This issue represents a paradox for the United States. Americans are hurt by policies that reduce growth in Japan, even as we acknowledge that the political decisions Japan faces are domestic in nature. Therefore, our role is to point out the choices Japan faces, and perhaps to convey our experience with similar economic problems. We do this in our annual Regulatory Reform talks. Under this initiative either side may point out areas where further deregulation will stimulate economic activity. We are now in the third year of this exercise and I believe we have made much progress in identifying and reducing regulatory impediments to growth.

Japan's economic challenges include financial and macroeconomic challenges. Japan's banking system does not channel capital to the most efficient sectors of society. Instead it continues to funnel capital to zombie companies that have not been allowed to fail. This means that small and medium businesses that employ the largest number of workers in Japan lack the capital needed to grow. Although Japan's banks are making progress in cleaning up their balance sheets, they are still burdened with over 50 trillion yen in non-performing loans, equivalent to 10% of GDP.

Unfortunately deflation has created a lack of confidence among Japanese consumers. With falling prices, consumers tend to defer spending and this in turn depresses the economy further. Again the government and Bank of Japan have made some recent progress here but more work needs to be done.

And finally it is important to mention that excessive regulations place a straightjacket on economic vitality and entrepreneurship in Japan. The more open and transparent an economy, the lower the cost of doing business.

The Road Ahead: Economic Reform to Restore Growth
Now the positive news is that the Japanese government recognizes and understands the challenges it faces. We have been encouraged over the last year, by some of the steps Japan has taken to address these issues. The Financial Services Agency has bailed out Resona and Ashikaga Banks and forced others to pay down the non-performing loans. While these steps cause economic pain for certain borrowers, these steps mean that the Japanese banking system can begin to funnel more capital into the productive sectors of the economy. Over the long term these steps will increase Japanese economic growth.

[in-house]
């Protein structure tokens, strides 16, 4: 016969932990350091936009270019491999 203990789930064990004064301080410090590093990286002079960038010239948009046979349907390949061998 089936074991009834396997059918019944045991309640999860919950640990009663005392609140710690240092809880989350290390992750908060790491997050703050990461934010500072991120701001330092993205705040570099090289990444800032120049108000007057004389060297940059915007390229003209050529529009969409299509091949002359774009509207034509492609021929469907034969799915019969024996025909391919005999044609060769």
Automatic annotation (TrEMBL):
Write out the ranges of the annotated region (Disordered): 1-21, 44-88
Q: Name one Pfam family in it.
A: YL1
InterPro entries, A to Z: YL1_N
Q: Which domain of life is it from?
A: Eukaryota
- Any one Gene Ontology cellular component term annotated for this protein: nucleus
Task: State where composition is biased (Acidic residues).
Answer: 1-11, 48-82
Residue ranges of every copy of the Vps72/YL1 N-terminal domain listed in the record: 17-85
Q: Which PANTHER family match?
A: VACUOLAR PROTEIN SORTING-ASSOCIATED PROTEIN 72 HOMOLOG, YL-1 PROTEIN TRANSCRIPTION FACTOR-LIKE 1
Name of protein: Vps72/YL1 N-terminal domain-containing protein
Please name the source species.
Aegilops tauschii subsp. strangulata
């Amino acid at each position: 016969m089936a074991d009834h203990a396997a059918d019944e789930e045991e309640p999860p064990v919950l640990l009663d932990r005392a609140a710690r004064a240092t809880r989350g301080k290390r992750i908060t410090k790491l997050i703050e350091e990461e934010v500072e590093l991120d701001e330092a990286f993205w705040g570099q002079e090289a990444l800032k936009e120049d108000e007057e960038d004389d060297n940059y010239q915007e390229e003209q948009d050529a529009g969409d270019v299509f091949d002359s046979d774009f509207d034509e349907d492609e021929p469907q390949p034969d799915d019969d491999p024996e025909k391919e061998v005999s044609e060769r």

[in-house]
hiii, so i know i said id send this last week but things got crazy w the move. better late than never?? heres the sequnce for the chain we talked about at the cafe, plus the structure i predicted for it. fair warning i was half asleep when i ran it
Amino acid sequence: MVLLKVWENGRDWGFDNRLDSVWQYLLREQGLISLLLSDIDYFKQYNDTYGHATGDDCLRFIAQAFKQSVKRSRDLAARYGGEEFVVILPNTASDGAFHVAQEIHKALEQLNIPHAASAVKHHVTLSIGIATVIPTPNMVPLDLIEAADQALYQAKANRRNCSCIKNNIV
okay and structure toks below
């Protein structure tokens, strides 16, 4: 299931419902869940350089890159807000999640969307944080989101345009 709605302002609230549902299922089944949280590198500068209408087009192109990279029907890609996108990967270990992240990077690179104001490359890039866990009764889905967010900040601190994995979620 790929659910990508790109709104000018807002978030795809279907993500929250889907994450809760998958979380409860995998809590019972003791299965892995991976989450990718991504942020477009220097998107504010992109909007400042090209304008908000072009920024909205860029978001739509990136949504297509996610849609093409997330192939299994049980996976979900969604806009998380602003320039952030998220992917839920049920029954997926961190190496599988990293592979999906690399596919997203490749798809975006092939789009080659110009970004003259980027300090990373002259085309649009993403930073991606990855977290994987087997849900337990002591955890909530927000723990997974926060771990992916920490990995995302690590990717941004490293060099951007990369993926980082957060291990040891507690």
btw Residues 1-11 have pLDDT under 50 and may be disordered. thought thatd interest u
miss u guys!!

We are also encouraged by the Prime Minister's initiative to test deregulation in special zones, and if those are successful then to expand those deregulatory zones to the nation as a whole. The Prime Minister said on January 19 that, "regional revitalization is the key to realizing an energetic Japanese economy." As I mentioned at the beginning of my speech, Ibaraki Prefecture governments have taken up this opportunity to experiment with special deregulations zones. I wish you success and hope that some of your best ideas will lead to nationwide deregulation so that the entire nation can benefit from your successful ideas. The 236 special zones throughout Japan, and your five, are a beginning in Japan's efforts to move toward a more competitive and dynamic economy. Ibaraki and other prefectural governments recognize that structural and economic reform can revitalize their economies and improve their societies. Governments such as yours are citing the Cabinet's recent ! economic report that deregulation in the 1992-2002 period resulted in 14.3 trillion yen in benefits to push the central government for greater reforms and more special zones. These decisions are positive and forward-looking. We hope that this deregulation can succeed in restoring Japan's economic growth up to the three plus percent range, where it is certainly capable of growing, and know from first-hand experience that deregulation and reforms can boost growth.

If we look to Japan in the future, I think the decisions Japan takes this year, particularly some of these domestic economic decisions, will determine Japan's global economic position and influence in the next ten years. If Japan chooses to deal resolutely with its economic challenges, those of a banking system once on the verge of bankruptcy, deflation, and regulatory reform, then it will again grow at a healthy rate. Japan is a rich nation with tremendous resources - capital, labor, and intellectual. I am confident that Japan remains capable of robust economic growth that will benefit the Japanese people, but also Japan's economic partners and neighbors.

I am confident that Japan will continue to pursue economic reform and that this nation will continue to be a source of technology, know-how, and innovation. This stimulus would have a very beneficial impact on the United States and on the entire Asia-Pacific region, just as it did in the 1980s in America. Moreover, with these economic steps, then the United States and Japan can look forward to a continuing robust bilateral relationship. In such a relationship we would have the economic strength to work together to resolve many of the world's pressing economic problems.

To briefly review the points I tried to make today: US-Japan relations are very strong, they are enduring, and that strength and endurance stems from our shared values and shared interests. Our combined size of over one-third of the world's GDP means that working together we wield influence, and can tackle difficult problems. However, Japan's economic stagnation threatens to undermine our ability to work together. For that reason, the United States very much hopes that Japan will implement the policies needed to combat its serious economic problems and return to a path of sustainable and long-term economic growth.

Thank you very much.